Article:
By Andrew Osborn
LONDON (Reuters) - Signs of a fledgling economic recovery in Britain have boosted voter trust in Prime Minister David Cameron's financial stewardship, strengthening his prospects ahead of an election in 2015, a poll showed on Tuesday.
The Guardian/ICM survey said that 40 percent of voters trusted Cameron and his Conservatives on the economy, up sharply from 28 percent in June, and comfortably ahead of the opposition Labour party, whose economic credentials won approval from just 24 percent of those asked.
The health of the economy and political parties' perceived ability to nurse it back to sustained growth after three rocky years is likely to be the single most important factor in deciding who wins the 2015 election.
The economy has shown unexpected signs of improvement in recent months with the Bank of England forecasting it will grow by 0.6 percent during the current quarter, the same as between April and June, and that growth will reach an annual rate of 2.6 percent in two years' time.
Labour remains a few points ahead of the Conservatives in the opinion polls but has seen its lead shrink after better economic data, even though many economists believe it is too soon to talk of a sustained recovery and are concerned about a possible housing price bubble.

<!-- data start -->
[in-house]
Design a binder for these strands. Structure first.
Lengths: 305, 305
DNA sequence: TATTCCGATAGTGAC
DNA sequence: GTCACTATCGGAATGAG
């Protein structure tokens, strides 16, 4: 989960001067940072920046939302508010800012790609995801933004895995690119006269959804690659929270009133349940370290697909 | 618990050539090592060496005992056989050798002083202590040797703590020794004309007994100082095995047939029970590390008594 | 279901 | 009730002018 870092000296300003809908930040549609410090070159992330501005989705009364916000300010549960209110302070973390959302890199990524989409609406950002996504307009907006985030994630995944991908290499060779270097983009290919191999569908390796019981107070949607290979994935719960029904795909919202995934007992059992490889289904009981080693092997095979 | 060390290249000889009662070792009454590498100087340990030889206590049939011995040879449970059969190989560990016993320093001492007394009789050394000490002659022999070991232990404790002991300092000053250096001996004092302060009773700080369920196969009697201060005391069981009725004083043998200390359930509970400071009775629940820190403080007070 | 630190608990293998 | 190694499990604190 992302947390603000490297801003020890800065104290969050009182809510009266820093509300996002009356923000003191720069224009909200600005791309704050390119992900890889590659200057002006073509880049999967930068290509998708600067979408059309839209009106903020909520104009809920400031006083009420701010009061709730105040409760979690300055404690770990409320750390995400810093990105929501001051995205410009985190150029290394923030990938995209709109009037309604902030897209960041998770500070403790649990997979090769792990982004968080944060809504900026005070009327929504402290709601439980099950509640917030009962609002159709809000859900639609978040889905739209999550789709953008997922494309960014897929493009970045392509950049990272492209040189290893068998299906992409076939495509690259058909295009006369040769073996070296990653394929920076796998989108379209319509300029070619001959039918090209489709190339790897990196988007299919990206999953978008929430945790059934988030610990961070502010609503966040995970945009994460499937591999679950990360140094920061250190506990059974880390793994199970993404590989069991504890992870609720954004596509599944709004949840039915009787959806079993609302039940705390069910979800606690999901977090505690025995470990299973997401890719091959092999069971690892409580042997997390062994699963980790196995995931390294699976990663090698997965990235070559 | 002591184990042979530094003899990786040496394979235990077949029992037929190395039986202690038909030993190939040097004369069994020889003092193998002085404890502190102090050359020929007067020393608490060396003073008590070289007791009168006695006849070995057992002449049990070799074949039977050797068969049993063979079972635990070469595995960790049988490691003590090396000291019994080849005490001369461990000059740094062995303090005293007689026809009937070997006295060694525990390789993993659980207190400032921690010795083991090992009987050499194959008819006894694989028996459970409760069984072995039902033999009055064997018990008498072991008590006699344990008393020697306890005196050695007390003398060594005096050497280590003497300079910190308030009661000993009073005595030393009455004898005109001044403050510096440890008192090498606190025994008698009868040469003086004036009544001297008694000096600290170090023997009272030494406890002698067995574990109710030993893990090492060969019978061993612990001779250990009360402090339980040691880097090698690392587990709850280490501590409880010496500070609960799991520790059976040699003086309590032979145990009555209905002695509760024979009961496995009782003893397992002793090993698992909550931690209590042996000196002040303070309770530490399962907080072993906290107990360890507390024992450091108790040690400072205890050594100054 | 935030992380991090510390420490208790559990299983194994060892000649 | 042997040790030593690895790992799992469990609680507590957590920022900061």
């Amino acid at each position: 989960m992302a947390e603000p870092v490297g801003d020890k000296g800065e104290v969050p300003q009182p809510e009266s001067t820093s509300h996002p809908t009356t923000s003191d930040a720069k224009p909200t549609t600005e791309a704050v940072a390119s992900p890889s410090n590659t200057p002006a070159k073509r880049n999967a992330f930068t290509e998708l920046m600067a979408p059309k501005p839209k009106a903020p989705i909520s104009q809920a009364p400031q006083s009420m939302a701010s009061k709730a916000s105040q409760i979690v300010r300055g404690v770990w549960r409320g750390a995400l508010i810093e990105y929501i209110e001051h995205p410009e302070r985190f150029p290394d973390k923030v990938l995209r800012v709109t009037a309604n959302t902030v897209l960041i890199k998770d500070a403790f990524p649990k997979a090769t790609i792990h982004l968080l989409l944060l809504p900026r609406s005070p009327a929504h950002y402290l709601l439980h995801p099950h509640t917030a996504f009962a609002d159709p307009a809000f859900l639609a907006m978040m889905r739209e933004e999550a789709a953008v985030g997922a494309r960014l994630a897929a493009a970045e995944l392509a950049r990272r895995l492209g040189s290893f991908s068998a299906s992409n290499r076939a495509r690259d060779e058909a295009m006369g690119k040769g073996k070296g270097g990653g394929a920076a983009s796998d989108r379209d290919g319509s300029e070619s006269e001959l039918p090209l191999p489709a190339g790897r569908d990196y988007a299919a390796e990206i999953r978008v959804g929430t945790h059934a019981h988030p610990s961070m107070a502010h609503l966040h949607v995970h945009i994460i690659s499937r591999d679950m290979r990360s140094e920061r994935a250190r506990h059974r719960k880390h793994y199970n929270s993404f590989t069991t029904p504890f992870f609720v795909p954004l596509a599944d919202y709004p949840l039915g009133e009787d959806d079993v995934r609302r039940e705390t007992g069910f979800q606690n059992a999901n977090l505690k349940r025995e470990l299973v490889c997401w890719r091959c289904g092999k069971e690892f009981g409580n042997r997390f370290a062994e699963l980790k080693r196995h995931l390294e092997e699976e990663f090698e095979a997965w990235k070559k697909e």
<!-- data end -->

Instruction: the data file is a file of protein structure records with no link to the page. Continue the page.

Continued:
Tuesday's poll put Labour's overall support at 35 percent, a mere three percentage points higher than the Conservatives.
Cameron, who governs in coalition with the center-left Liberal Democrats, has put the economy at the heart of his re-election strategy, hoping a strong recovery will materialize and create a feel-good factor that will allow his party to govern alone next time.
According to Peter Kellner, of pollster YouGov, an improving economy poses a problem for Labour leader Ed Miliband.
"Now that Britain's economy has started to recover, he is likely to face a prime minister who can copy one of the slogans that Barack Obama used last year to secure re-election," he wrote.
"The president likened America's economy to a car that his predecessors had driven into a ditch. 'I don't want to give them the keys back,' he said. 'They can't drive'."
Labour, which governed Britain from 1997 to 2010, was in power when the global financial crisis hit and says it was managing the economy well but was knocked off course by events.
The Conservatives say Labour left Britain with its biggest budget deficit since World War Two and cannot be trusted to manage it again anytime soon.
Alastair Campbell, who was former Prime Minister Tony Blair's chief communications adviser, said Labour had allowed the Conservatives to unfairly cast them as the creators of the economic turmoil that followed the financial crisis.
"Britain had 10 good years of growth and prosperity under Labour which is one of the many reasons we won three elections and stopped David Cameron winning a majority," he wrote on his blog.
ICM Research interviewed 1,001 adults by phone on August 9-11.
(Editing by Robin Pomeroy)